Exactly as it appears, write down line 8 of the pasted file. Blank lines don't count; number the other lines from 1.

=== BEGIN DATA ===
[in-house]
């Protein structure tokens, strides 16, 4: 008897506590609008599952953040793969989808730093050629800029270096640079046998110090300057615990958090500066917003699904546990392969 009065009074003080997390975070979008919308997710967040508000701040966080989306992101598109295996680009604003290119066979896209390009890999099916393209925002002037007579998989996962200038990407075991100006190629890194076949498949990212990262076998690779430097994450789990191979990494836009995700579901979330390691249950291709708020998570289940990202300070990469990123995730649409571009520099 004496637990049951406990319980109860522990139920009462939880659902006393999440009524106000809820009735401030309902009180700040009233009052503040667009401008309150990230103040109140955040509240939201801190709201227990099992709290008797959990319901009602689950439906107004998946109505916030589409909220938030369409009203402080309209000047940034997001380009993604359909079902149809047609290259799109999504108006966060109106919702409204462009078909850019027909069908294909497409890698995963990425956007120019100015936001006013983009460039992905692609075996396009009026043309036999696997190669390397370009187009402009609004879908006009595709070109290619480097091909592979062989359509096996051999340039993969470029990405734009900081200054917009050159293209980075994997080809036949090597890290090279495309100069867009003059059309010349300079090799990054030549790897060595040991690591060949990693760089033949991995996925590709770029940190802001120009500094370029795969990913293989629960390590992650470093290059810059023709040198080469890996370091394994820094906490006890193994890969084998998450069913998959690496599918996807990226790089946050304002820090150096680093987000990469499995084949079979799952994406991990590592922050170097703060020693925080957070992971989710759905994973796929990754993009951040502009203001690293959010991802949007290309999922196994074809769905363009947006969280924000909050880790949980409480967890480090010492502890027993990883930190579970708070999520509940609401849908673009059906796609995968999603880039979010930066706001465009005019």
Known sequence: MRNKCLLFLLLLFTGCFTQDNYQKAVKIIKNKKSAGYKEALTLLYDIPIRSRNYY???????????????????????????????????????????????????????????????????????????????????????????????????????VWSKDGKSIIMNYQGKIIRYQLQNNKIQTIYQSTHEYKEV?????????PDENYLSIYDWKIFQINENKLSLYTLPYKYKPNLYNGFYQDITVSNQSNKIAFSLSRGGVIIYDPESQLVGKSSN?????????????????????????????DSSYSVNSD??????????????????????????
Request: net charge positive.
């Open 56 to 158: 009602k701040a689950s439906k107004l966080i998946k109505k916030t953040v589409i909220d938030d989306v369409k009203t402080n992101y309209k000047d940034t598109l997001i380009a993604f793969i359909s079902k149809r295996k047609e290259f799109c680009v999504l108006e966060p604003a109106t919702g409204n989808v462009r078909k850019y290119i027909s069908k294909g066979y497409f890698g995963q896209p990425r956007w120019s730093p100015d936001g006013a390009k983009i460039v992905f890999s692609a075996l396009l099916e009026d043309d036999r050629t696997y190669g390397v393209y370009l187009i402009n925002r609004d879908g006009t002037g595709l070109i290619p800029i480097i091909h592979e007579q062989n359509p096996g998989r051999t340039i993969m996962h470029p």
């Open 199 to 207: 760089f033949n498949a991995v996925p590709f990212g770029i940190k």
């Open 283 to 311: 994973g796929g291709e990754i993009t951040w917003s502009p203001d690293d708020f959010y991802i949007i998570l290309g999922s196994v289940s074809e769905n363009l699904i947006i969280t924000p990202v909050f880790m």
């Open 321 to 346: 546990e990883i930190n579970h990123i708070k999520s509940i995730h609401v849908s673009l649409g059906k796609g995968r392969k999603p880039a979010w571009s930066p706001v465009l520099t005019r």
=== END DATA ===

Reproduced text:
């Open 321 to 346: 546990e990883i930190n579970h990123i708070k999520s509940i995730h609401v849908s673009l649409g059906k796609g995968r392969k999603p880039a979010w571009s930066p706001v465009l520099t005019r």